Coronavirus Deals a Blow to Global Battle Against Poverty

IMF Managing Director Kristalina Georgieva at a virtual news conference for the annual meeting of the World Bank and the IMF this month.

Photo: Liu Jie/Zuma Press

WASHINGTON—After decades of progress against global poverty, world leaders are facing a setback due to the coronavirus pandemic and struggling to come up with a response that matches the scale of the problem.

Finance ministries and central banks around the world have rushed to bolster their economies, enacting unprecedented spending measures and slashing interest rates. While those actions are cushioning the blow from the pandemic and economic lockdowns, a consensus is emerging that the actions likely won’t prevent a large increase in poverty.

“The world’s not moving quickly enough,” said Eric LeCompte, the executive director of Jubilee USA Network, a nonprofit that seeks debt forgiveness for the world’s poorest countries. “The reality is that we’ve had a global $12 trillion stimulus and nearly 90% of that stimulus has been spent in wealthy countries…and less than 3% in developing countries,” those with average incomes under about $4,000.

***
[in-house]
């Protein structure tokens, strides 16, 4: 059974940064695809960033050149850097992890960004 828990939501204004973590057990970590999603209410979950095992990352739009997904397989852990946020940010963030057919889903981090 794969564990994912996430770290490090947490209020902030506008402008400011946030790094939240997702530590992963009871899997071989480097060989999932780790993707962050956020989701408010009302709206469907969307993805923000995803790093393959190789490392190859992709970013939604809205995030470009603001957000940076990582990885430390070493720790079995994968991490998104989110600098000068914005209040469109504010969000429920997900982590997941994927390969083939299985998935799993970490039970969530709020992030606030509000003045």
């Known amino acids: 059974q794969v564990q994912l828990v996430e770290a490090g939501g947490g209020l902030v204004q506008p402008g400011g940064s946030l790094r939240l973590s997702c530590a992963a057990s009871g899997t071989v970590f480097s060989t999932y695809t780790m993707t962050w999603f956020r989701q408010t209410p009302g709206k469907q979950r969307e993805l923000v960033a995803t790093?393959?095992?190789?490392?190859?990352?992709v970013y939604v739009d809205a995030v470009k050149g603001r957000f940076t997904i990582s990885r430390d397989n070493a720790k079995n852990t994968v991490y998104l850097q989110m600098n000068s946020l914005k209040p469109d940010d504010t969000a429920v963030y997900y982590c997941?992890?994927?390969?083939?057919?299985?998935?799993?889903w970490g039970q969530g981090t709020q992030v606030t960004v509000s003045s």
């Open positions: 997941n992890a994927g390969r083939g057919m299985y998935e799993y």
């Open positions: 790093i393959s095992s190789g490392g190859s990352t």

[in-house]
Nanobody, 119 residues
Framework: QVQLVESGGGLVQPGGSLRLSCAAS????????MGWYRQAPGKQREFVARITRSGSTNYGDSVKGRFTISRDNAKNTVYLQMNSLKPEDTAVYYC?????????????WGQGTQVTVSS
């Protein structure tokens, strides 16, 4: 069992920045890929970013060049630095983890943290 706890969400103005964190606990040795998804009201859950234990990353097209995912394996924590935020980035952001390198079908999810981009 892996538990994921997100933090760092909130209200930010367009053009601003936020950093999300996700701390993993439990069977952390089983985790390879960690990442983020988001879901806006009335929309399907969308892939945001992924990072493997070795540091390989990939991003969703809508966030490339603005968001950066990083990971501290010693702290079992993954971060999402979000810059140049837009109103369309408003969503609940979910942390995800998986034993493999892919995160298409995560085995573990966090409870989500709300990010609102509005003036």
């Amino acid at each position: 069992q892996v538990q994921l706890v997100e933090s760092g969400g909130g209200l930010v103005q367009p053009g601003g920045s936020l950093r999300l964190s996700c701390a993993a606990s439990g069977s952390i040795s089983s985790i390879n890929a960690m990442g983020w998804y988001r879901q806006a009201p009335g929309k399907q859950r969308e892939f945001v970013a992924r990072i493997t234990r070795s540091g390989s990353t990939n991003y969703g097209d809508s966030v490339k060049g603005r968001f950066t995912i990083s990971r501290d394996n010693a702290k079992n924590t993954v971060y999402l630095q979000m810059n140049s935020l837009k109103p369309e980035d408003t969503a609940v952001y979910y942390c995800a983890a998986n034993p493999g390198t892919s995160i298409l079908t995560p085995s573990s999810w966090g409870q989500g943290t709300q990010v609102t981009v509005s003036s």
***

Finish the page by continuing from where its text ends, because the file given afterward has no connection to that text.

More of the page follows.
The issue was at the forefront of discussions among global policy makers at the annual meetings of the International Monetary Fund and World Bank, held virtually this past week and concluding Sunday.

Many poor countries are especially vulnerable because they are dependent on trade and tourism, which have been hard-hit during the pandemic. A World Bank report released earlier this month estimated that nearly 100 million people in 2020 will be thrown into extreme poverty, defined as living on less than $1.90 a day, and that the number could continue to rise even as the global economy rebounds next year. An IMF report concluded many poor countries need more financial support.

“For recovering out of this deep crisis, we are going to need infrastructure investment, we are going to need investment to restore human capital. And the ability to rebuild post-Covid is critical,” said Carmen Reinhart, chief economist of the World Bank. “That requires funding. At the same time, the debt overhang that’s a legacy of Covid needs to be addressed via restructuring.”

A group of 73 low-income countries has become the focus of debt concerns. These countries collectively owe nearly half a trillion dollars, which is more than 50% of their GDP, a heavy burden for low-income countries, according to data from the Institute of International Finance, a trade association for global banks.

Ngozi Okonjo-Iweala, a former Nigerian finance minister who heads Gavi, a group promoting access to immunization, said rich countries have deployed the equivalent of more than 10% of their gross domestic product on fighting the pandemic and its economic fallout, while African countries have spent around 2% of GDP.

“Many of these countries do not have the fiscal space with which to stimulate the economy or even to afford vaccines,” she said. “The world is interconnected now. As long as people in developing countries and poor countries aren’t safe, nobody in the developed countries is safe.”